You have to worry about Manchester United when their best player in their last two games has been goalkeeper David de Gea.
He has made big saves against Villarreal and Everton and the Spaniard is not getting the credit he deserves for it because of the phenomenon at the other end of the pitch.
I’ll come back to Cristiano Ronaldo in a minute, but first I have to look back on another 90 minutes of disappointment at Old Trafford against Everton, where United were a curate’s egg.
We had good defending and great blocks from Raphael Varane and Victor Lindelof, as well as de Gea’s saves, but despite all that Everton ran through United almost at will at times.
It was lovely to watch if you are a Toffees fan, and it all contributed to a match that was very easy on the eye and certainly made my lunchtime pass quickly.
But I was just thinking about how any decent Serie A team, with their almost sacred focus on defending, would have dealt with United yesterday.
Juventus, or Roma or the Milan clubs, would have coped comfortably with United’s attack and then they would have sliced through for goals on the break.
Italy’s stars of their Euro win, Chiesa, Immobile and Varella, would have torn United to ribbons given the space and latitude afforded by United to Everton in this one.
Letting the gap grow at the top of the table is something Ole Gunnar Solskjaer dare not do.
And it doesn’t matter if it is Liverpool or Chelsea or City who forge the gap.
A gap means a United team and squad, that is always vulnerable to a result like they got against Everton, just is not going to win the Premier League.
You just know their three other main rivals are not going to drop many points, unless it has to happen because they are playing against each other.
When next weekend’s international break is over, United’s next four games in the Premier League are away to Leicester City and Spurs, and at home to Liverpool and Manchester City.
With a brace of vital Champions’ League ties against Atalanta of Italy sandwiched in between them.
At the end of that run of games, United’s Premier League and Champions League dreams could be in tatters.
And God only knows where that would lead – I suspect the three-year contract in Ole’s back pocket would not be worth the paper it is written on.
It could happen too, for right now, I’m struggling to see United beating either Liverpool or their noisy neighbours, even at Old Trafford.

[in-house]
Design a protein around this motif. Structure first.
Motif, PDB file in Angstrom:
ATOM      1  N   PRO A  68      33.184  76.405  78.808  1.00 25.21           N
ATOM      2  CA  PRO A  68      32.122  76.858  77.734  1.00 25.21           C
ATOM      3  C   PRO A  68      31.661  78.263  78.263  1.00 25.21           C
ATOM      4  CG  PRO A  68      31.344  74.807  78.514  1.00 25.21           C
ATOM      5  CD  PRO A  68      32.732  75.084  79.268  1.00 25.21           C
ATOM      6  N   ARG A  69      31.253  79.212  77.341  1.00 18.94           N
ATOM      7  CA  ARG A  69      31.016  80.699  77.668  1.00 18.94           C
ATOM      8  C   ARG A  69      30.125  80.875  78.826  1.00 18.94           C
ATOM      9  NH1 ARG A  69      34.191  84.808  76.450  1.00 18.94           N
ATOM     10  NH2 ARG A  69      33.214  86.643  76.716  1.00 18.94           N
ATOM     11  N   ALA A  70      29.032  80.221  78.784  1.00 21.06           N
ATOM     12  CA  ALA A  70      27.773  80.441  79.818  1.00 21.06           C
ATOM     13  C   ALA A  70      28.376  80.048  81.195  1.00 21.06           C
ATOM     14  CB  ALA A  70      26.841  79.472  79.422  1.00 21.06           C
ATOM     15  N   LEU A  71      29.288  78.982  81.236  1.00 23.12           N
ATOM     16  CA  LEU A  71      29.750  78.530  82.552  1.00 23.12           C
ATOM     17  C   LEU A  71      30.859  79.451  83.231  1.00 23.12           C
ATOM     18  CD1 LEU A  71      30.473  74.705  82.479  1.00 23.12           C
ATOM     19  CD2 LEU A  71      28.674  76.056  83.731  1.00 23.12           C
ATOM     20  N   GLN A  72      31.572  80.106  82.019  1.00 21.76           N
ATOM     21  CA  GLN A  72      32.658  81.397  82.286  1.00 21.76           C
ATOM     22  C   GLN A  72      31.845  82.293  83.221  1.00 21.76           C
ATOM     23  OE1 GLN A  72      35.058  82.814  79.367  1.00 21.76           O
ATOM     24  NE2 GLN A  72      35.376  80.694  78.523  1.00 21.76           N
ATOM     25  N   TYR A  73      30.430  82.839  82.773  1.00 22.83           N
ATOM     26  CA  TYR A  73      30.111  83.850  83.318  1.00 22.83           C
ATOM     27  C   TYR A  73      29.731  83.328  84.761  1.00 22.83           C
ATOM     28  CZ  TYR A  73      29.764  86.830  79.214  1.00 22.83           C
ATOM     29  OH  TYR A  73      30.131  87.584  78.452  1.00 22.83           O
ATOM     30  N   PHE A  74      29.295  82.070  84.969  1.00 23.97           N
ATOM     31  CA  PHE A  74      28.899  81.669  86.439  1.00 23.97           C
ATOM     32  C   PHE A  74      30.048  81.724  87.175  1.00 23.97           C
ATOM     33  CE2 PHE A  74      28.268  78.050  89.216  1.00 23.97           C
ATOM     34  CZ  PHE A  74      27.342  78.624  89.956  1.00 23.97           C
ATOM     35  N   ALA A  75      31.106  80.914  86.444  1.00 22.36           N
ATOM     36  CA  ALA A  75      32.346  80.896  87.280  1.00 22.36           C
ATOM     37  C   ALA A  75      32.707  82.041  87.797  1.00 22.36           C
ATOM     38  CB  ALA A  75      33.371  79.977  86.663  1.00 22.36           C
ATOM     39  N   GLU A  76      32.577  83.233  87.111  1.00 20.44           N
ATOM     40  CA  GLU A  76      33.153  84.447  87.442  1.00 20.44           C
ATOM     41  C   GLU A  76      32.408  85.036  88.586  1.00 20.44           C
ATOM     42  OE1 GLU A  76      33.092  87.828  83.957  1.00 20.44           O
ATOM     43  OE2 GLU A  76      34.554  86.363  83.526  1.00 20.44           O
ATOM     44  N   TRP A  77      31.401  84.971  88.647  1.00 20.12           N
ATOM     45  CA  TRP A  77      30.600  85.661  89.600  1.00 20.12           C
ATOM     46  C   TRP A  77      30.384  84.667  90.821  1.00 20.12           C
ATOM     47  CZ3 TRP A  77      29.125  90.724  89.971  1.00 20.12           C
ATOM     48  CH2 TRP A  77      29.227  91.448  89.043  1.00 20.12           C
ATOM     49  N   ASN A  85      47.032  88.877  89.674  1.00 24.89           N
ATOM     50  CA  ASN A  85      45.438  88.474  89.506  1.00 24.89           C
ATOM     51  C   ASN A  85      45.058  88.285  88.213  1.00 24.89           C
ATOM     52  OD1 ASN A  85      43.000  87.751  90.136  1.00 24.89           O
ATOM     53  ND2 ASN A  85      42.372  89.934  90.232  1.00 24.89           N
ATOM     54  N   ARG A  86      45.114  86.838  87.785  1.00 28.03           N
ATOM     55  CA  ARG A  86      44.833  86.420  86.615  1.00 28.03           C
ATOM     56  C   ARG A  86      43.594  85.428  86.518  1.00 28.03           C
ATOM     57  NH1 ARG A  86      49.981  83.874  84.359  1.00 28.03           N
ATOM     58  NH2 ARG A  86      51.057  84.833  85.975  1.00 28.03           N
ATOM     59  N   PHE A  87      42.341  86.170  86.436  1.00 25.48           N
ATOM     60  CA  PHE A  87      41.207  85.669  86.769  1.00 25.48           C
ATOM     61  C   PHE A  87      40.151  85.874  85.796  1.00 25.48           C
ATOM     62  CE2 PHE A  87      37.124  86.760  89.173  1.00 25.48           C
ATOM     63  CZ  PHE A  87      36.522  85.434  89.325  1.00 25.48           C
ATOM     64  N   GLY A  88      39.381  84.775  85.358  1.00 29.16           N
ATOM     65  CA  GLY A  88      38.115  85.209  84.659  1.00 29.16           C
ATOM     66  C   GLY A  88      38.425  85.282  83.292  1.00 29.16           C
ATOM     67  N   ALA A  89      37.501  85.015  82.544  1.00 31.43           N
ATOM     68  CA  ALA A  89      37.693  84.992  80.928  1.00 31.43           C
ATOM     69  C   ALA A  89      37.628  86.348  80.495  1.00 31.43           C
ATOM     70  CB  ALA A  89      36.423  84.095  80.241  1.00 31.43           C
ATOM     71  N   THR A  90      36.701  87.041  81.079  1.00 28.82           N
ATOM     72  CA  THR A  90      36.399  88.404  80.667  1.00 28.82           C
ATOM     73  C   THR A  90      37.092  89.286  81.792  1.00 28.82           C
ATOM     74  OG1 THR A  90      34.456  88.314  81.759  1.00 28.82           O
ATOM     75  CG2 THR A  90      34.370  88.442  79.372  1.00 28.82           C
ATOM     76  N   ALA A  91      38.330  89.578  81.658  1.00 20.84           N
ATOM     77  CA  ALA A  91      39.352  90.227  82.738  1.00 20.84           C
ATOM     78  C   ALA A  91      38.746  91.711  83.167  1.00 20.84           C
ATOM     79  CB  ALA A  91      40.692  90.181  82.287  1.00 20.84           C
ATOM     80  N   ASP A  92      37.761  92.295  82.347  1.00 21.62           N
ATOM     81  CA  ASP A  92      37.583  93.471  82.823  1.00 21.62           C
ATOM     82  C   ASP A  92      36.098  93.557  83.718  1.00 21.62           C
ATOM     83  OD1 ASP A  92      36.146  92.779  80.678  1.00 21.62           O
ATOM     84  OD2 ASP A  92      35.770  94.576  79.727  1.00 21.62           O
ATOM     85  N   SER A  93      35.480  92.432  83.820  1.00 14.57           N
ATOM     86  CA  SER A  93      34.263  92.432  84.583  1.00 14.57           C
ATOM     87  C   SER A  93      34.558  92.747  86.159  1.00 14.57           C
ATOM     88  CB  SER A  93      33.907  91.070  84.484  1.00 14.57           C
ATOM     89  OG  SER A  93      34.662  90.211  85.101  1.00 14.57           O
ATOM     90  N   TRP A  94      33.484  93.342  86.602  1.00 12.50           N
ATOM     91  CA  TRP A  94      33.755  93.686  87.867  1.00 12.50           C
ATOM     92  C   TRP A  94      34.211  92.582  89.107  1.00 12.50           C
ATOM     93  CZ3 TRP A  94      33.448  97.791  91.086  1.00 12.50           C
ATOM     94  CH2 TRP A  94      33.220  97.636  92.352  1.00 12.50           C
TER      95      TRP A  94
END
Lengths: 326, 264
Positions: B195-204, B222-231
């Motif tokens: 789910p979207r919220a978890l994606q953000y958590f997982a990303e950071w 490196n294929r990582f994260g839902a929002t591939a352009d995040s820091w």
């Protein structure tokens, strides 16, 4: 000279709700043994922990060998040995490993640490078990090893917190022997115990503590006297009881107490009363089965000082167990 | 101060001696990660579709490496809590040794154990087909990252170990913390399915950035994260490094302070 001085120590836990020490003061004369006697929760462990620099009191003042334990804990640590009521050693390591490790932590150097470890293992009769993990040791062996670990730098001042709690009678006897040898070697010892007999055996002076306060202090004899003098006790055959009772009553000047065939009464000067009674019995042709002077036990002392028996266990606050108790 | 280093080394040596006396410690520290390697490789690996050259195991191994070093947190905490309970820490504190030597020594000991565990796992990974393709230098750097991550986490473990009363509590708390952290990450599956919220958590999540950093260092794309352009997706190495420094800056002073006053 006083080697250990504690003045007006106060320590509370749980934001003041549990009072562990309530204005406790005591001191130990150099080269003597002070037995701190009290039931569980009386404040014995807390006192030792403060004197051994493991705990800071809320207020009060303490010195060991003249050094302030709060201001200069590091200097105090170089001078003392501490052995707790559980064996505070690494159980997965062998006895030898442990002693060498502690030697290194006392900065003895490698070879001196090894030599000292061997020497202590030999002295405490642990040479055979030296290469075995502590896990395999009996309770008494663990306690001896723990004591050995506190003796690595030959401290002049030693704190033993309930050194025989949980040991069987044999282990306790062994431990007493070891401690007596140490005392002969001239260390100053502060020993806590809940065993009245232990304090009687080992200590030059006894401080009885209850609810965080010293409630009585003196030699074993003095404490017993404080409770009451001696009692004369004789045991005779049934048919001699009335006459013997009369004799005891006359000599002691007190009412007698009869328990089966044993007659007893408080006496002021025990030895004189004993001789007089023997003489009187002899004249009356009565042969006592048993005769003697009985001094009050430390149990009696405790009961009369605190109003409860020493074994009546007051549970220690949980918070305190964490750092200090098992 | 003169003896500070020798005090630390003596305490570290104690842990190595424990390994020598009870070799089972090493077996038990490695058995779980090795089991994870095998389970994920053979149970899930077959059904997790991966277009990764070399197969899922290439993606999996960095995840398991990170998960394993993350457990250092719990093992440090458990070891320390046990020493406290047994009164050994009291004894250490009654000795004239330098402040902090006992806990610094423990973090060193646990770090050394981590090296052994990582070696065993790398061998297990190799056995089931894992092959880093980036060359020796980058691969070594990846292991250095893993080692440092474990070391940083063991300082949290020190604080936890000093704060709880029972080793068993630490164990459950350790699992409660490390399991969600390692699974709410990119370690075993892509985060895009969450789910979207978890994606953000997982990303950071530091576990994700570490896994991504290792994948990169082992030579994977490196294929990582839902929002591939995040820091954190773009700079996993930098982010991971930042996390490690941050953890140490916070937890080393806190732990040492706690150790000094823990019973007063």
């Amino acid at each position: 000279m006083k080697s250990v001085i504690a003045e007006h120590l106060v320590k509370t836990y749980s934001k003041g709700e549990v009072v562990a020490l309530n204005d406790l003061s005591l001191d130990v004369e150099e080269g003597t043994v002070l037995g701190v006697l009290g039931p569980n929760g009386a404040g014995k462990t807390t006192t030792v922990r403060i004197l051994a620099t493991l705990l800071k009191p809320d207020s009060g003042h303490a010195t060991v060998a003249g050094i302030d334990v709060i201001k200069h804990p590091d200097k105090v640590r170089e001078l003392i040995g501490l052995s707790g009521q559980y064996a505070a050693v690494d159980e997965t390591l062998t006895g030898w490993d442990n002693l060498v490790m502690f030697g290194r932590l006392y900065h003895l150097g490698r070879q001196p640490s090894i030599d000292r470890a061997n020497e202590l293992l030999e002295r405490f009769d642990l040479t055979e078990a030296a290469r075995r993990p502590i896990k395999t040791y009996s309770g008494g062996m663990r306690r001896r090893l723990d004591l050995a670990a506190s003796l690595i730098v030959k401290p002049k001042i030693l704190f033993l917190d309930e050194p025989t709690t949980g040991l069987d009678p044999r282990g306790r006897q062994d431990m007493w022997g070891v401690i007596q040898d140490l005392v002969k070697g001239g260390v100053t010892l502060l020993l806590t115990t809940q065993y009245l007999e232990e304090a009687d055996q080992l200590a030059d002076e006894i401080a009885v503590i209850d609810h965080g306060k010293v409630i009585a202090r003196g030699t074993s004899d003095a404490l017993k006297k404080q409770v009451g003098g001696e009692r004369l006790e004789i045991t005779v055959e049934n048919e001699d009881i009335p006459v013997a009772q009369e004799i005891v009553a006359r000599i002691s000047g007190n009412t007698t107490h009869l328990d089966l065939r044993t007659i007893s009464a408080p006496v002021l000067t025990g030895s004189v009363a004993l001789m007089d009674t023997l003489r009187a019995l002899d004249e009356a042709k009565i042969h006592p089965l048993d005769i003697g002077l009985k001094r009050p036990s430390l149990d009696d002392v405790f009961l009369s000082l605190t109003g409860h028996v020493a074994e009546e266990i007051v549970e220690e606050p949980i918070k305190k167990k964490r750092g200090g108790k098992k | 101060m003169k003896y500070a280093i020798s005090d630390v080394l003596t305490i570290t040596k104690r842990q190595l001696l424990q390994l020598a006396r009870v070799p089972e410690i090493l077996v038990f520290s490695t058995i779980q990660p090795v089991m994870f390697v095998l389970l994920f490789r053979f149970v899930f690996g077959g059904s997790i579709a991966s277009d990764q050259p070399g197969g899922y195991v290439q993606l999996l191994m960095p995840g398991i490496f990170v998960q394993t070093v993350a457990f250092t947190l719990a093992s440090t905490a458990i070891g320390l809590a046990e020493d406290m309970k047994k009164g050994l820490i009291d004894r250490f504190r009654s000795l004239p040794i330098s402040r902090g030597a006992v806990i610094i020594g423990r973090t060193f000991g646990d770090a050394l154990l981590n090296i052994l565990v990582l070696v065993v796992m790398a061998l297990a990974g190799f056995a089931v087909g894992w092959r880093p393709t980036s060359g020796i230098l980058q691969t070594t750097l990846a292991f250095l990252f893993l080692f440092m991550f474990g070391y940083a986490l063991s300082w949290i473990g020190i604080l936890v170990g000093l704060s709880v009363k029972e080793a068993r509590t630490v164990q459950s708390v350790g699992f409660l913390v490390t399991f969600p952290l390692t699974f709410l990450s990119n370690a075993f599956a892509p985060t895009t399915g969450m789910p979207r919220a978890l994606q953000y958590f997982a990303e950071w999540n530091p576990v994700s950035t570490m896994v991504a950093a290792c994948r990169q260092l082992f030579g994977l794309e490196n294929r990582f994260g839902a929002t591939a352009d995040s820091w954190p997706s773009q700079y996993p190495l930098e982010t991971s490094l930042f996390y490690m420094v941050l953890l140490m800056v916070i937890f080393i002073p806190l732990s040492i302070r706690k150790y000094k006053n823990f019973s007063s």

Europe could be a different thing. That win last week over Villarreal was a huge result, because United now have a great chance of getting into the last 16.
And from there winning the Champions League is only seven matches away, all one-off games, with no away goals anymore, that would all have different dynamics.
Yes, you would fret about Manchester United’s defence running into the star-studded attacks of PSG and Bayern Munich right now.
But the opposition would worry too about United’s magic man, Cristiano Ronaldo.
I’ve come back to him now, so it’s time to make my point about the Portuguese superstar being a sub against Everton.
Yes, Ole could have started him, after all he is now heading off for international duty with Portugal.
He won’t be playing again for United until Saturday week.
But you simply have to manage the man’s workload cleverly.
He’s 36, not 26, - a very fit 36, yes - and Cristiano has always looked after his fitness very well.
But he still cannot go for 90 minutes in every game, not in English football, not if you want him to deliver in European action too.
Did you notice how against Everton, a couple of times, after he came on, that Ronaldo was looking for fouls that the referee simply waved away?
English football is more physical than Spanish football, and it is not as cynical as Italian football.
But Ronaldo had to know that as soon as he showed an interest in joining any Premier League club that he was opening himself up to any number of defenders who would have no problem barging into him – and worse!
It is brilliant for United to have Ronaldo back, but it is not all going to be plain sailing.